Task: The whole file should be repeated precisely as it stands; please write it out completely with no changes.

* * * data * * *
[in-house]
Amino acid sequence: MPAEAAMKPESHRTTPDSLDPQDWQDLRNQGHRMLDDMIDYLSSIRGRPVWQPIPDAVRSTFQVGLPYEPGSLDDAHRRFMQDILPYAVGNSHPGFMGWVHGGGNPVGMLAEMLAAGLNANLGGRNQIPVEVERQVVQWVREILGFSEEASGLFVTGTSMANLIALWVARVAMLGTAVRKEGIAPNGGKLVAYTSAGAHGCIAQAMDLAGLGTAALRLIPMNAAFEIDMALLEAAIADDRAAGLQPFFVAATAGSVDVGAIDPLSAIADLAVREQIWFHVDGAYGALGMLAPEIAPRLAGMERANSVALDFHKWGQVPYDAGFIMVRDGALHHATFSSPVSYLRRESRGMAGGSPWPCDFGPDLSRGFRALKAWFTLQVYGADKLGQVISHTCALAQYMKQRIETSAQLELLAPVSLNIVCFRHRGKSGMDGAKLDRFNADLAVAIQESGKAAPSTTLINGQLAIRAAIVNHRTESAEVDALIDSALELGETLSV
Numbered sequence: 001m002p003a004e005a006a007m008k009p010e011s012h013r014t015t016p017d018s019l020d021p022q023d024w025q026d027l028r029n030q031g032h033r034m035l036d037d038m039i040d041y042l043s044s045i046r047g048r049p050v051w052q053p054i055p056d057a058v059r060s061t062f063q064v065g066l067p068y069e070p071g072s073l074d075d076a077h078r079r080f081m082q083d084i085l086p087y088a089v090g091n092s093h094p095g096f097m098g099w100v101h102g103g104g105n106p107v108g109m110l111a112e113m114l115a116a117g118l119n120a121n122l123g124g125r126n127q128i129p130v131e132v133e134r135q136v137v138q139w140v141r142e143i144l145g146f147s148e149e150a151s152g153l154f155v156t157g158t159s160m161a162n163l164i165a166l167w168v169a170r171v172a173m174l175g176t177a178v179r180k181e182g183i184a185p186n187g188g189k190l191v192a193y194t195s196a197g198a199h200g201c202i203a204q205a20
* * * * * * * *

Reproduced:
[in-house]
Amino acid sequence: MPAEAAMKPESHRTTPDSLDPQDWQDLRNQGHRMLDDMIDYLSSIRGRPVWQPIPDAVRSTFQVGLPYEPGSLDDAHRRFMQDILPYAVGNSHPGFMGWVHGGGNPVGMLAEMLAAGLNANLGGRNQIPVEVERQVVQWVREILGFSEEASGLFVTGTSMANLIALWVARVAMLGTAVRKEGIAPNGGKLVAYTSAGAHGCIAQAMDLAGLGTAALRLIPMNAAFEIDMALLEAAIADDRAAGLQPFFVAATAGSVDVGAIDPLSAIADLAVREQIWFHVDGAYGALGMLAPEIAPRLAGMERANSVALDFHKWGQVPYDAGFIMVRDGALHHATFSSPVSYLRRESRGMAGGSPWPCDFGPDLSRGFRALKAWFTLQVYGADKLGQVISHTCALAQYMKQRIETSAQLELLAPVSLNIVCFRHRGKSGMDGAKLDRFNADLAVAIQESGKAAPSTTLINGQLAIRAAIVNHRTESAEVDALIDSALELGETLSV
Numbered sequence: 001m002p003a004e005a006a007m008k009p010e011s012h013r014t015t016p017d018s019l020d021p022q023d024w025q026d027l028r029n030q031g032h033r034m035l036d037d038m039i040d041y042l043s044s045i046r047g048r049p050v051w052q053p054i055p056d057a058v059r060s061t062f063q064v065g066l067p068y069e070p071g072s073l074d075d076a077h078r079r080f081m082q083d084i085l086p087y088a089v090g091n092s093h094p095g096f097m098g099w100v101h102g103g104g105n106p107v108g109m110l111a112e113m114l115a116a117g118l119n120a121n122l123g124g125r126n127q128i129p130v131e132v133e134r135q136v137v138q139w140v141r142e143i144l145g146f147s148e149e150a151s152g153l154f155v156t157g158t159s160m161a162n163l164i165a166l167w168v169a170r171v172a173m174l175g176t177a178v179r180k181e182g183i184a185p186n187g188g189k190l191v192a193y194t195s196a197g198a199h200g201c202i203a204q205a20